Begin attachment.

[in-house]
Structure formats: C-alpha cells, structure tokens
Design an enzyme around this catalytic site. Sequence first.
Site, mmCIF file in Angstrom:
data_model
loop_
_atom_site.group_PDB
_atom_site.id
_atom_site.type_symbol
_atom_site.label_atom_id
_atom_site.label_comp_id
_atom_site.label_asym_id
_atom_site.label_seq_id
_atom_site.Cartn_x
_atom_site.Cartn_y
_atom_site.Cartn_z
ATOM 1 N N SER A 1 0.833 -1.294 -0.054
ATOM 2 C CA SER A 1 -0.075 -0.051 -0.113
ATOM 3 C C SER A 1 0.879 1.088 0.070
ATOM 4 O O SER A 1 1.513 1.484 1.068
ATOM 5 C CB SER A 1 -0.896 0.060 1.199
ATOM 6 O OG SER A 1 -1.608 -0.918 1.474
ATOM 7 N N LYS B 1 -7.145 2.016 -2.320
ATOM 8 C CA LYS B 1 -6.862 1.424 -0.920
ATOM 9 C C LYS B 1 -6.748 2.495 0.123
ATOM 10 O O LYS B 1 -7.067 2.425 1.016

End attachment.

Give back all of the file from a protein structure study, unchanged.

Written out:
[in-house]
Structure formats: C-alpha cells, structure tokens
Design an enzyme around this catalytic site. Sequence first.
Site, mmCIF file in Angstrom:
data_model
loop_
_atom_site.group_PDB
_atom_site.id
_atom_site.type_symbol
_atom_site.label_atom_id
_atom_site.label_comp_id
_atom_site.label_asym_id
_atom_site.label_seq_id
_atom_site.Cartn_x
_atom_site.Cartn_y
_atom_site.Cartn_z
ATOM 1 N N SER A 1 0.833 -1.294 -0.054
ATOM 2 C CA SER A 1 -0.075 -0.051 -0.113
ATOM 3 C C SER A 1 0.879 1.088 0.070
ATOM 4 O O SER A 1 1.513 1.484 1.068
ATOM 5 C CB SER A 1 -0.896 0.060 1.199
ATOM 6 O OG SER A 1 -1.608 -0.918 1.474
ATOM 7 N N LYS B 1 -7.145 2.016 -2.320
ATOM 8 C CA LYS B 1 -6.862 1.424 -0.920
ATOM 9 C C LYS B 1 -6.748 2.495 0.123
ATOM 10 O O LYS B 1 -7.067 2.425 1.016